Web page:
By: Justin West, Charlottesville Field Officer Intern
It is one of Charlottesville’s goals to be the one of the worlds greenest cities and City Council took another step in trying to make that a reality during its Monday May 4th meeting. In January of this year Council signed a resolution to work with the County of Albemarle and the University of Virginia to create a joint proposal to get the $500,000 Southeastern Energy Efficiency Alliance (SEEA) grant. On Monday, they unanimously and enthusiastically agreed to endorse the SEEA grant proposal letter of support. A similar proposal letter is also working its way through the County’s legislative system [and was approved on 5-1 vote (Boyd opposed) on May 6- nw].
The grant is designed as a “call to cities and counties in the eleven southeastern states to design and implement an effort to achieve unprecedented gas, electricity, and water savings by retrofitting buildings and installing renewable technologies in all end use sectors” according to staff reports. If the grant is awarded to our locality the money will go towards establishing a local energy alliance program or LEAP. Membership in LEAP will include the City of Charlottesville, County of Albemarle, University of Virginia, Charlottesville Community Design Center / SPARK! Initiative, Piedmont Virginia Community College, and Dominion Virginia Power. With all of that backing city staff believes LEAP will have all of the resources it needs to establish a powerful community-based coalition that can put the Charlottesville-Albemarle area at the forefront of the drive for a sustainable energy future.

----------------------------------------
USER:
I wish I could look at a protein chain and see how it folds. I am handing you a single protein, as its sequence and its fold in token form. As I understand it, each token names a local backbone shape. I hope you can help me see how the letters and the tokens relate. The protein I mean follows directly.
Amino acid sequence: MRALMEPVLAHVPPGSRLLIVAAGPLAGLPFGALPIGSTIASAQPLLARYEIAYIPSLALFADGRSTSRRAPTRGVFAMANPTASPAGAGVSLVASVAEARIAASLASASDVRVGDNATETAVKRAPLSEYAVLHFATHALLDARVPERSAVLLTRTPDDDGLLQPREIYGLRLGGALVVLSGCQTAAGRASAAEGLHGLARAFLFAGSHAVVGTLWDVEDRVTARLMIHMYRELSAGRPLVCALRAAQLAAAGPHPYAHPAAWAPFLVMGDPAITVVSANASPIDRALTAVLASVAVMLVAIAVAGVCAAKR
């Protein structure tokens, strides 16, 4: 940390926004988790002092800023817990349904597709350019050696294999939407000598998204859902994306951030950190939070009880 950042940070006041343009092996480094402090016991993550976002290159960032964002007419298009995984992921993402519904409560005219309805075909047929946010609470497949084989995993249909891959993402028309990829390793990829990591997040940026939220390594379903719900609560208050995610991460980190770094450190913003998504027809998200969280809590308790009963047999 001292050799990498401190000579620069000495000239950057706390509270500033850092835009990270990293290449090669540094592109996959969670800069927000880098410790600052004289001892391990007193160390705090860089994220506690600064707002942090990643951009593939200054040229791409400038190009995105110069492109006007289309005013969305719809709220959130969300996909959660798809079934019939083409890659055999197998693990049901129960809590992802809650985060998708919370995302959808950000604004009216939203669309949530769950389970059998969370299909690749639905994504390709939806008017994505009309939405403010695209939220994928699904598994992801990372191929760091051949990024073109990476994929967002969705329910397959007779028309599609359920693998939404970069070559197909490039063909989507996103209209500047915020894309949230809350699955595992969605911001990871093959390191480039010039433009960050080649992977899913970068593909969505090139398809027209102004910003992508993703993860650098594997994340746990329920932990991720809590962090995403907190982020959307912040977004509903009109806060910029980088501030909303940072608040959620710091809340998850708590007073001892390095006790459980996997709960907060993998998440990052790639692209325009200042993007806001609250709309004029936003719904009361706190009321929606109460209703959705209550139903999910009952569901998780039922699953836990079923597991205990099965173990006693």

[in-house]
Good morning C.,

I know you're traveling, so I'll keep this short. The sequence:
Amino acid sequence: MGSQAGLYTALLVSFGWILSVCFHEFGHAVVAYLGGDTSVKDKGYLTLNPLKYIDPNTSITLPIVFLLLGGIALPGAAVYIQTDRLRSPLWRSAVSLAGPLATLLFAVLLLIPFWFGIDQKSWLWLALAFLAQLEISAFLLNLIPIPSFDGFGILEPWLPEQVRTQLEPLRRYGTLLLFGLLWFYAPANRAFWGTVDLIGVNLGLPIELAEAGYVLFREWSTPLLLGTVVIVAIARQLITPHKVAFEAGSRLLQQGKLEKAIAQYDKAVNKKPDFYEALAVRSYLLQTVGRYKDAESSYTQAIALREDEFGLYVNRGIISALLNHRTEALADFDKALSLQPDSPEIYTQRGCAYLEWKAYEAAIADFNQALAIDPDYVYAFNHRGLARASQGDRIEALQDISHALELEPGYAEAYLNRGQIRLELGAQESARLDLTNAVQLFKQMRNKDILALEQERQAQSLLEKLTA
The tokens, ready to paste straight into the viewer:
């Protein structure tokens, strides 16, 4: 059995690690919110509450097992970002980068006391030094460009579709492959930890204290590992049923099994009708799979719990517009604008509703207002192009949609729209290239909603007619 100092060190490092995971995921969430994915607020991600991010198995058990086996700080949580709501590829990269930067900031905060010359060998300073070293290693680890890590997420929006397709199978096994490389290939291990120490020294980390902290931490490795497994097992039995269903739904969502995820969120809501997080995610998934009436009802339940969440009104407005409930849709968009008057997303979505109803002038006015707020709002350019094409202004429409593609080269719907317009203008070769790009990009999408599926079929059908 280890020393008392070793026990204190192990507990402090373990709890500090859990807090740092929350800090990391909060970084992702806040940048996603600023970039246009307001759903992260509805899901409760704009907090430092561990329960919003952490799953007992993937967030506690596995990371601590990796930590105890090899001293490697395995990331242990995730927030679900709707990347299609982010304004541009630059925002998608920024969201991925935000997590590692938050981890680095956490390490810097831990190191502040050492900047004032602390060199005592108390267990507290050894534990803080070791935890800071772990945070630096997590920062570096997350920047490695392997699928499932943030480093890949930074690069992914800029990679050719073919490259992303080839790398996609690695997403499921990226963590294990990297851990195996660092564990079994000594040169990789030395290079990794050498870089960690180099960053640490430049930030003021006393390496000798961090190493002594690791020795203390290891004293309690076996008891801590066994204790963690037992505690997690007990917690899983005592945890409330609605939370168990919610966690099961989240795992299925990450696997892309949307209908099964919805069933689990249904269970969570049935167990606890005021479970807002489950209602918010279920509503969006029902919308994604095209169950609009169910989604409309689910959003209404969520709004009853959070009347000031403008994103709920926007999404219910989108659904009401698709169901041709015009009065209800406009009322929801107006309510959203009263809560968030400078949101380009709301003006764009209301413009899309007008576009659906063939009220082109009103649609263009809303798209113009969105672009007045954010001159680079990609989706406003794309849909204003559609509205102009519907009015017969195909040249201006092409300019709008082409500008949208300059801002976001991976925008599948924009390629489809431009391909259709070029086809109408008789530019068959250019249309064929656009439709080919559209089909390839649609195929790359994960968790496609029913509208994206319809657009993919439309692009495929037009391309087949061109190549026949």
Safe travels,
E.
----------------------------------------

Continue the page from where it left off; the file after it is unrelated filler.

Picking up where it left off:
The eventual goal of the program is to lower the areas greenhouse gas emissions by 80% before the year 2050, an ambitious goal that the City believes will only be accomplished with the formation of the alliance. Councilor David Brown spoke to the necessity of LEAP by asserting that “we [the city] are going to more forward with this whether we get the grant or not”. Brown wasn’t alone as all members of Council spoke of the alliance with pride and enthusiasm, projecting it as a critical part of the regions future.
Staff Proclaims Downtown Mall Rebricking Completed, a Success
In other news, staff came before Council towards the end of Monday’s meeting to claim victory on the Downtown Mall rebricking project that began just five months ago. Director of Neighborhood Development Services Jim Tolbert was proud to announce that the project was finished on time and 10-15% under budget, while not having “a business closed a day” due to its effects. Among the highlights of the project were the intricate electrical work done, which was the largest expense involved in the rebricking, improved fire access, replacing rather than refurbishing the malls lights as was originally planned, and repouring the slab at street crossings. Tolbert was quick to thank Barton Malow and all of its subcontractors for their stellar work. Staff seemed quite pleased with the timeliness of the project, which at its fastest was able to lie over 10,000 bricks a day.
Staff and Council were simply glowing about the success of the project. Councilor Brown claimed that “in my time in Council I don’t think there has been anything like this, as far as the City exceeding expectations”. With the rebricking done, not all the work on the Mall is complete there are still a few of what staff calls “punch list items” and the interior refurbishment of the fountains still remaining. The City will conclude work and have a rededication of the mall on May 29th at 4:45, immediately preceding “Fridays After Five” for the public to explore the finished product.